This terminology conforms to the International Anatomical Terminology—Terminologia Anatomica—created in 1988 by the Federative Committee on Anatomical Terminology (FCAT) and approved by the 56 Member Associations of the International Federation of Associations of Anatomists (IFAA). Stuttgart: Thieme ISBN 3-13-115251-6
Acknowledgements
 
The authors are indebted to the following: Prof Adrian Dixon, Prof Harold Ellis, and Dr Robert Whitaker for help and expert advice on lower limb lymphatics Dr Ian G Parkin, Clinical Anatomist, University of Cambridge UK, for expert anatomical knowledge Mel Lazenby, Lucie Whitehead, and the late Martin Watson (2008), Department of Anatomy, University of Cambridge UK, for preservation of anatomical material Adrian Newman, Ian Bolton, and John Bashford, Anatomy Visual Media Group (AVMG), Department of Physiology, Development and Neuroscience, University of Cambridge UK, for new edition photographs, digital expertise, and advice Mr Dishan Singh for contributions to the third edition
Radiographs
Dr Peter Abrahams p. 96 D and E Dr Oscar Craig p. 21 B Dr Kate Stevens p. 29 C , p. 108 B , p. 110 A and B Mr W Stripp p. 111 C and D
MRI's
Dr Paul O'Donnell pp. 112 – 115
Dissection/anatomical preparation credits
The following individuals are credited for their skilled work in preparing the anatomical material illustrated in this book:
Bari M. Logan — 2B , 4B , 6B , 8B , 10 , 12 , 14A , 16A , 17B , 20A , 27B , 29D , 32A , 34ABC , 35DEF , 68A , 69BC , 70A , 71B , 72 , 74A , 75B , 76A , 77B , 78 , 80AB , 82 , 84A , 85B , 86A , 87B , 88AB , 89C , 90A , 91B , 92A , 93B , 94A , 95B , 96ABC , 98AB , 100AB , 102AB , 103AB , 104ABCDE .
Dr David H. Tompsett — 19D , 28B , 31BC , 33D .
 
 

Dedications
 
To Arlette Herzig and Robert Logan
—Bari M. Logan
In memory of Peter Wolfe
—Ralph T. Hutchings
To Neil, Jay, and my wife Anagha
—Anand M. Sardesai
Preservation of Cadavers
 
Long-term preservation of the cadavers, utilised for the majority of anatomical dissections (prosections) illustrated in this book, was by standard embalming technique, using an electric motor pump set at a constant pressure rate of 15 p.s.i. Perfusion was achieved through the arterial system via femoral artery cannulation of one leg and return drainage of the accompanying vein.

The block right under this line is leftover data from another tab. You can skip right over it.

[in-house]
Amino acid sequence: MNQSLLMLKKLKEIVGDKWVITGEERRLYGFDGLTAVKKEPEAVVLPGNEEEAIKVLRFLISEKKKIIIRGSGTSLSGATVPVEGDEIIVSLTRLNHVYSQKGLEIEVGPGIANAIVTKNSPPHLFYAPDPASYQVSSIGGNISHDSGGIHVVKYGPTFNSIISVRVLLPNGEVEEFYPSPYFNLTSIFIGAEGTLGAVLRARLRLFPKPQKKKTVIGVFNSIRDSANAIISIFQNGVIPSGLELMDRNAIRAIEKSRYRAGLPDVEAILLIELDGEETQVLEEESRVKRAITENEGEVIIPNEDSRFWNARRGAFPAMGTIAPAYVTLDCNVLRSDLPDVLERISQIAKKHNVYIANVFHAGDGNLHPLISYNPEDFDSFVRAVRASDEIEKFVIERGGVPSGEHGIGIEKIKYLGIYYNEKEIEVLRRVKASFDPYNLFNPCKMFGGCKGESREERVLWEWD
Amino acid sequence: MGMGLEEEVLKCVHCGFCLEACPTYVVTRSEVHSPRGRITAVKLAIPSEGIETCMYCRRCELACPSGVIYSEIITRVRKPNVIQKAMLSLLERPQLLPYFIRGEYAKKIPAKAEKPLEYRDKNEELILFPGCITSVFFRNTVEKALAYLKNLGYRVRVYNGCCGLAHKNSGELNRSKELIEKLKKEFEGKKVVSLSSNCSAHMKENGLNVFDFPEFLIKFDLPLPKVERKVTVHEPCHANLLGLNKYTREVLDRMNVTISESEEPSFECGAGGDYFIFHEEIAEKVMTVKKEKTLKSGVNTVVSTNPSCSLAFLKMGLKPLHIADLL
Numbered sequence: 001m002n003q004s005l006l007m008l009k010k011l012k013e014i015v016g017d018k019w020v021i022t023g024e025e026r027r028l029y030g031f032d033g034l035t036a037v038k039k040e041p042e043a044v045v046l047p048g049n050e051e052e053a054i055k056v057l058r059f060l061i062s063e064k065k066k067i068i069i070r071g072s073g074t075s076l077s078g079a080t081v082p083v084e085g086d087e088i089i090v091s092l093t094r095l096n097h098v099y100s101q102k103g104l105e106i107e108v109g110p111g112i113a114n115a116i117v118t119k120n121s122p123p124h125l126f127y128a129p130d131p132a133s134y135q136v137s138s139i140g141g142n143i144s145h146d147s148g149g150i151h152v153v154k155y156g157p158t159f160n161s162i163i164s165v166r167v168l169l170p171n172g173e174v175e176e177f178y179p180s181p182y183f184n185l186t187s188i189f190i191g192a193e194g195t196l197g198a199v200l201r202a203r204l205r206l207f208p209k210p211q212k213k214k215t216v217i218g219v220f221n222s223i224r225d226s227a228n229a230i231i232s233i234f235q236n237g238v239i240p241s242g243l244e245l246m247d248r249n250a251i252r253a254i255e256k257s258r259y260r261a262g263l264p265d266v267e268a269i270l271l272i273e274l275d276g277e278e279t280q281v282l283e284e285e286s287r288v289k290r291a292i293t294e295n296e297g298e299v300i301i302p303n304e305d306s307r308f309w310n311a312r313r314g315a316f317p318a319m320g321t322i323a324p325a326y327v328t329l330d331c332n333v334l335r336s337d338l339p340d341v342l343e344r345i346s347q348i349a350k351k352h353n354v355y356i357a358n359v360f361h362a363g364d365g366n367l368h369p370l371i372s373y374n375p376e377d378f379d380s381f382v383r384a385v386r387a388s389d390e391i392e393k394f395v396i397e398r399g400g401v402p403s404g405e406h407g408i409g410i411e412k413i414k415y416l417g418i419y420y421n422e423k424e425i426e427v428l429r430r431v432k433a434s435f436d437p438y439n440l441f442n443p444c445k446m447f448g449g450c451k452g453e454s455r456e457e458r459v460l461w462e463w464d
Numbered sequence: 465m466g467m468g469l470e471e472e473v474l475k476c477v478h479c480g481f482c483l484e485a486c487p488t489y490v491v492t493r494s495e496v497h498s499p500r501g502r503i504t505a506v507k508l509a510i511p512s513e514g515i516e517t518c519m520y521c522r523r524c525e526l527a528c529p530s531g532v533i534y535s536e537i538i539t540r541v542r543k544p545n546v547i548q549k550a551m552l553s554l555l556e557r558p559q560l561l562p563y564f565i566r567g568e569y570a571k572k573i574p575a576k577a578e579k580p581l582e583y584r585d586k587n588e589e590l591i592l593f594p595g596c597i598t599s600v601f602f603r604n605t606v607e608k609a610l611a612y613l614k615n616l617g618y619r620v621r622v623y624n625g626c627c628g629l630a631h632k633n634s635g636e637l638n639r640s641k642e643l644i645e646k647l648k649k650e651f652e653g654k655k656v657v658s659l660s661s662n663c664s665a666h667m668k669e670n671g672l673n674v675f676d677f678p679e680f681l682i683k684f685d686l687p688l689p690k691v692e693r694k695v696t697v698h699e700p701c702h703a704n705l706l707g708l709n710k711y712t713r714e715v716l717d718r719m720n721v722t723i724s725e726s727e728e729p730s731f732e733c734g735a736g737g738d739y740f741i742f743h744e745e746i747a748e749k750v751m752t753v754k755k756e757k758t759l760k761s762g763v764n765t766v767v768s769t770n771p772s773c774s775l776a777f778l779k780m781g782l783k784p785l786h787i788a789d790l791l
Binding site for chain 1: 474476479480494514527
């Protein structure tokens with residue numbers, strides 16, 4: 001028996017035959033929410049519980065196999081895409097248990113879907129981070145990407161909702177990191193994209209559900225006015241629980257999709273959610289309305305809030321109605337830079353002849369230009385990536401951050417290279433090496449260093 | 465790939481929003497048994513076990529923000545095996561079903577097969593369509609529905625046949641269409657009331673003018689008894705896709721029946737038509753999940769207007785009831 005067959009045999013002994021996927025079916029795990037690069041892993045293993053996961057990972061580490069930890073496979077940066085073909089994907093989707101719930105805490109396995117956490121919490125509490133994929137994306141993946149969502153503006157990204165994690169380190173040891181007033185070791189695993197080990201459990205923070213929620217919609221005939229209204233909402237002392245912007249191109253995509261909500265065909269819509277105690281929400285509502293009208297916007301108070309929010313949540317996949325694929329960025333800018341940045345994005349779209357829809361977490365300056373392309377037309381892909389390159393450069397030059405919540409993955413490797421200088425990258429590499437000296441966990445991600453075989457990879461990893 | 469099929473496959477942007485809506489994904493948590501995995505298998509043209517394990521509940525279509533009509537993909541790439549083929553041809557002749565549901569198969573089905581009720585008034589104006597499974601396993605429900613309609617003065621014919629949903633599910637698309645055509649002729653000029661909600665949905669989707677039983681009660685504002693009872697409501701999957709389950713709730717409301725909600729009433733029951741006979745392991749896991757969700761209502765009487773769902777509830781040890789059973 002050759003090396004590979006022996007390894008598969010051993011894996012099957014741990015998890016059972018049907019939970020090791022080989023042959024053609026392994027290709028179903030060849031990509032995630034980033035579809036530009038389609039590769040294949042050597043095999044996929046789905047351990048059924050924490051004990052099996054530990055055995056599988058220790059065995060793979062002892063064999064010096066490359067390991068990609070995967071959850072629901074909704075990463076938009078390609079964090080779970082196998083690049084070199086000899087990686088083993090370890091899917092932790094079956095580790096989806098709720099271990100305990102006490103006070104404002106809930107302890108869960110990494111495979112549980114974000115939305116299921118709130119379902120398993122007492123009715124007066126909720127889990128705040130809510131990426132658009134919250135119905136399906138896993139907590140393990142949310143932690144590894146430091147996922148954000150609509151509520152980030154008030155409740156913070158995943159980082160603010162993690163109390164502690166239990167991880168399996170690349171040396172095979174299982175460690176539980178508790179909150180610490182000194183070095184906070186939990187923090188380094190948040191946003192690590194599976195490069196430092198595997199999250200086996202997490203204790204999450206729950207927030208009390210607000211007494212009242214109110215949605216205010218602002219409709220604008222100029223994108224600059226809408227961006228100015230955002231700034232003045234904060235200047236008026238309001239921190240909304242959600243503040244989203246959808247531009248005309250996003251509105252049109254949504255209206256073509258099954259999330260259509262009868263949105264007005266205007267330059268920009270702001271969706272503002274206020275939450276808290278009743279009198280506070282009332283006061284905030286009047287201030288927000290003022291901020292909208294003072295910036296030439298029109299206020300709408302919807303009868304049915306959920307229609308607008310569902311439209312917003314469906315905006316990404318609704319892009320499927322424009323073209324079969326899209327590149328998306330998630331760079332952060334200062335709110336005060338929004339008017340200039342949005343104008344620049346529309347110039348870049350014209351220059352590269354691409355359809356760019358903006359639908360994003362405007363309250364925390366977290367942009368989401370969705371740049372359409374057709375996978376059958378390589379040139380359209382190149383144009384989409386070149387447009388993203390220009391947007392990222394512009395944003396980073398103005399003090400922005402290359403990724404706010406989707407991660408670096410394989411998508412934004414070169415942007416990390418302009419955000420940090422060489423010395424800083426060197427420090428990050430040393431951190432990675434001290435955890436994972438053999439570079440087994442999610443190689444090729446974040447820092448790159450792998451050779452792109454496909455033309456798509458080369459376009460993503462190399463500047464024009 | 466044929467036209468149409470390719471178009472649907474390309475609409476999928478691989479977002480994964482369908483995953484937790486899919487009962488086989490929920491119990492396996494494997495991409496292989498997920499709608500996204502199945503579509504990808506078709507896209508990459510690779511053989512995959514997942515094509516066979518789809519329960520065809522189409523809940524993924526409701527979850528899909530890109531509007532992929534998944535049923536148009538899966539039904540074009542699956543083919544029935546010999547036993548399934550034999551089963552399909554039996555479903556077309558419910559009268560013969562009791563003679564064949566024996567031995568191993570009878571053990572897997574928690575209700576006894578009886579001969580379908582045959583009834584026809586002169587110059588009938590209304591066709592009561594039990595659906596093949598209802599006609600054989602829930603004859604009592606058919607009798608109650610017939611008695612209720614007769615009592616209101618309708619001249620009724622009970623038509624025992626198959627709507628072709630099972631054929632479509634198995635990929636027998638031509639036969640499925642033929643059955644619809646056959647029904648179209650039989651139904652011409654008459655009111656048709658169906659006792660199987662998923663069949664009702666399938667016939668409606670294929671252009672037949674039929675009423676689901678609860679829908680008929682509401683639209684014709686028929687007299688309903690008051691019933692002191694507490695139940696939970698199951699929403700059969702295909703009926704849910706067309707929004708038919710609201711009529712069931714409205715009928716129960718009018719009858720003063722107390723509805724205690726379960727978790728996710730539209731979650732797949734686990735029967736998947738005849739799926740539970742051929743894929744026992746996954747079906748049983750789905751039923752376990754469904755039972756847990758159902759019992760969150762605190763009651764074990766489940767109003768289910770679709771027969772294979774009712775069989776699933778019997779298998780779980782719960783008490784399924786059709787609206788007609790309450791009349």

On acceptance of 20 litres of preservative fluid by pump, local injection of those areas not visibly affected was carried out by automatic syringe.
On average, 30 litres of preservative fluid was used to preserve each cadaver.
Immediately following embalming, cadavers were encapsulated in thick-gauge, clear polythene bags and cold stored at a temperature of 10.6° C at 40 percent humidity for a minimum period of 16 weeks before dissection. This period of storage allowed preservative fluid to thoroughly saturate the body tissues, resulting in a highly satisfactory state of preservation.
The chemical formula for the preservative fluid (Logan et al ., 1989) is:


Methylated spirit 64 over proof
12.5 litres
Phenol liquefied 80%
2.5 litres
Formaldehyde solution 38%
1.5 litres
Glycerine BP
3.5 litres  
Total = 20 litres
The resultant working strength of each constituent is:


Methylated spirit
55%
Glycerine
12%
Phenol
10%
Formaldehyde solution
3%
The advantages of using this particular preservative fluid are:

(1)  A state of soft preservation is achieved, benefiting dissection techniques.
(2)  The low formaldehyde solution content obviates excessive noxious fumes.
(3)  A degree of natural tissue colour is maintained, benefiting photography.
(4)  Mould growth does not occur on either whole cadavers thus preserved or their subsequent dissected (prosected) and stored parts.
SAFETY FOOTNOTE
Since the preparation of the anatomical material used in this book, there have been substantial major changes to health and safety regulations concerning the use of certain chemical constituents in preservative (embalming) fluids. It is essential, therefore, to seek official local health and safety advice and guidance if intending to adopt the above preservative fluid.
Orientation
 
Lower Limb, Pelvis and Hip
1
 

Lower Limb Survey
From the Front
From Behind
From the Medial Side
From the Lateral Side
Pelvic Viscera
Male Sagittal Section
Female Sagittal Section
Gluteal Region
Sciatic Nerve and Other Gluteal Structures
Surface Features
Left Gluteal Region and Ischio-Anal Region
Right Gluteal Region and Ischio-Anal Region
Hip Joint
Bones from the Front and Radiograph